Residents struggle to feed their families in high cost-of-living Peninsula 

click to enlarge A family of four needs to earn $23,000 or less per year to qualify for government food benefits, a low number for a place as pricey as San Mateo County. - SUSAN MONTOYA BRYAN/AP FILE PHOTO
  • Susan Montoya Bryan/AP file photo
  • A family of four needs to earn $23,000 or less per year to qualify for government food benefits, a low number for a place as pricey as San Mateo County.

Rewaida Sulaiman is a 30-year-old Daly City mother of three whose husband, Abdallah, was diagnosed last year with lung cancer. Abdallah provided for the family as a restaurant manager but had to reduce his hours after he became ill. Rewaida Sulaiman suddenly found herself with an empty refrigerator.

The family was connected to a food bank in San Mateo County, from which they now get groceries that save the Sulaimans at least $200 a month.

"My kids are always excited to see what groceries we get each month," she said.

Food banks work as wholesalers, providing food to organizations such as schools, churches and shelters that then distribute it to families.

But qualifying for federal food aid in a region with a high cost of living like the Peninsula can be difficult, and when families can't qualify, parents end up forgoing their own meals to provide enough for their children, according to Kathy Jackson, CEO of Second Harvest Food Bank, which serves both San Mateo and Santa Clara counties.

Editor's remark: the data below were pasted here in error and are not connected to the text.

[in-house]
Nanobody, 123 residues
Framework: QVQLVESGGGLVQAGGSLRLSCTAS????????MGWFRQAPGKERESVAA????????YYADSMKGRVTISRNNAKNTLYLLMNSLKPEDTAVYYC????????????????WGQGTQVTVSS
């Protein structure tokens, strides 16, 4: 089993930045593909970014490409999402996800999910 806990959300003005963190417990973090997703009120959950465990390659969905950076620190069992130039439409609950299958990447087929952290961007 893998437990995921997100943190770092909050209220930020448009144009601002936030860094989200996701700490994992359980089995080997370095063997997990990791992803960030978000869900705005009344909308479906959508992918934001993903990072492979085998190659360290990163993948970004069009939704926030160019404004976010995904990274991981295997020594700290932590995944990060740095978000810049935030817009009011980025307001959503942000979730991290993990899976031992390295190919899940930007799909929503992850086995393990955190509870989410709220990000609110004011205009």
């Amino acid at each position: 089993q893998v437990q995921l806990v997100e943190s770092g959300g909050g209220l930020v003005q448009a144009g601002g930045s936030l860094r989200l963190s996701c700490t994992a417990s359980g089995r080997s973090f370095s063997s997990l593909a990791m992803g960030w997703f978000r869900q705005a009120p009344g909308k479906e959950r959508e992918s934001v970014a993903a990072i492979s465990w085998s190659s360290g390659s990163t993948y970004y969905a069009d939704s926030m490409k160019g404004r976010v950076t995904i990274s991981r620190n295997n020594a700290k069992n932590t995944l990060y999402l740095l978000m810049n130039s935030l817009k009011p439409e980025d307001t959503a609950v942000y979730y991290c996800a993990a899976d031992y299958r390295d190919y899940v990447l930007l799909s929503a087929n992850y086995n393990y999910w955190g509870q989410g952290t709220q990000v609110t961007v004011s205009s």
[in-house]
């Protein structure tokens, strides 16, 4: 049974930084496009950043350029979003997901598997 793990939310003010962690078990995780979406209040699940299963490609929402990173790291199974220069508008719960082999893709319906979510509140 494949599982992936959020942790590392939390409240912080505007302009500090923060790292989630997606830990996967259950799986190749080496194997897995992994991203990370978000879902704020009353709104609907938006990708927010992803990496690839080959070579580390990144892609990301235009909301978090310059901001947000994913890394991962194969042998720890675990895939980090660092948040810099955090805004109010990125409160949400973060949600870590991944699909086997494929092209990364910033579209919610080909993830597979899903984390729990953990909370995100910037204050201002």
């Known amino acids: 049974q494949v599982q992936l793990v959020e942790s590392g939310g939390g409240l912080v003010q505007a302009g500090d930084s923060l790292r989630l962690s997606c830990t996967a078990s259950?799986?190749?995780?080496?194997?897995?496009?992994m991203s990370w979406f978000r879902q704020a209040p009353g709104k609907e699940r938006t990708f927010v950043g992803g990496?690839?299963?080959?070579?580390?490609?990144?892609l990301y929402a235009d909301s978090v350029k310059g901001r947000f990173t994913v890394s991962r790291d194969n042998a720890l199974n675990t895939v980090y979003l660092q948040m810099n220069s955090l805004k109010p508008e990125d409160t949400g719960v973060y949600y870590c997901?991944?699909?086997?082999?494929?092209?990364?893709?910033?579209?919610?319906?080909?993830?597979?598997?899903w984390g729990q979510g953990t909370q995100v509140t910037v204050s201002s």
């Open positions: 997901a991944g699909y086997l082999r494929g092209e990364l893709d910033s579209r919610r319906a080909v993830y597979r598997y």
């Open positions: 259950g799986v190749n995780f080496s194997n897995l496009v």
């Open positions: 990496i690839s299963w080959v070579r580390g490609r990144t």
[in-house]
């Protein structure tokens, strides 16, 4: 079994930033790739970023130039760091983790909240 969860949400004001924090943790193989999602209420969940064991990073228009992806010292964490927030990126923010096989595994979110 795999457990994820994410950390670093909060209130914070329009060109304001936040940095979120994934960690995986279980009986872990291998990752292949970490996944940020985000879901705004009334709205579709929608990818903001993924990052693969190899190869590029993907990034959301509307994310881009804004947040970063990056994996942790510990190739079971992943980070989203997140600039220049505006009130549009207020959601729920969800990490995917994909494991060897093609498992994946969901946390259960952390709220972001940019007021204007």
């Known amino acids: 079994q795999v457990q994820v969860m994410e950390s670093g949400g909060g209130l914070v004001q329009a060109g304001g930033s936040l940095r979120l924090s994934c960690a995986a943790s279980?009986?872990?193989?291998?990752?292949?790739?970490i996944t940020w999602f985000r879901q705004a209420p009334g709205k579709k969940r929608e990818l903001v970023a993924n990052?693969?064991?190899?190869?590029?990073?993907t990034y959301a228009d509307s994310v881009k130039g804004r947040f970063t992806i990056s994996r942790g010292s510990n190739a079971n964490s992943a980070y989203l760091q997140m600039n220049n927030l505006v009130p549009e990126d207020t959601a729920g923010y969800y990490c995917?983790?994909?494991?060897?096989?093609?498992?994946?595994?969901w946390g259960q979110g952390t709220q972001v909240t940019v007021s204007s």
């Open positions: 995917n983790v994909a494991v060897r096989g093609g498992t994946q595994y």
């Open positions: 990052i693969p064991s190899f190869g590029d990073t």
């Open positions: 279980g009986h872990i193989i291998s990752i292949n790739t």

"An awful lot of the people we provide food to are people who are working, but they can't make ends meet," she said. "Or they're people who hit a pothole in life. I'd call lung cancer a pretty big pothole. And because it's an expensive area in which to live, I think a lot of people don't have much of a personal safety net."

Jackson said state data show that a family of four living in San Mateo County needs to make approximately $83,000 a year to live reasonably. But to qualify for government food services, a family of four must meet the federal poverty level of $23,000 annually.

"I think that poverty tends to look a little bit different here in the Bay Area because the cost of living is so high," Jackson said.

That's where the food banks come in, and grants such as the $45,000 that Second Harvest Food Bank of Santa Clara and San Mateo Counties received from Wal-Mart in May are essential to the organization's mission.

"Overall, we will raise in the course of a year $25 million or more, so that will put that [$45,000 grant] into perspective," Jackson said. "We're delighted to get it, make no mistake, but we need lots and lots of those sizes of gifts to allow us to do what we do, which is to provide more than 15 million pounds of food per year."

The Wal-Mart grant will be used for the Kids Nutrition on Weekends program, which works to provide children from low-income households with nutritious foods they can take home on weekends and vacations.

"More than 33,000 kids in San Mateo County receive free or reduced-price student lunches. And when school goes away, so do those meals," Jackson said.

The Sulaimans still struggle to make ends meet as Rewaida Sulaiman balances caring for the family while accompanying her husband on his many doctor visits. But she said, "A little bit of food can go a long way."

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Emilie Mutert

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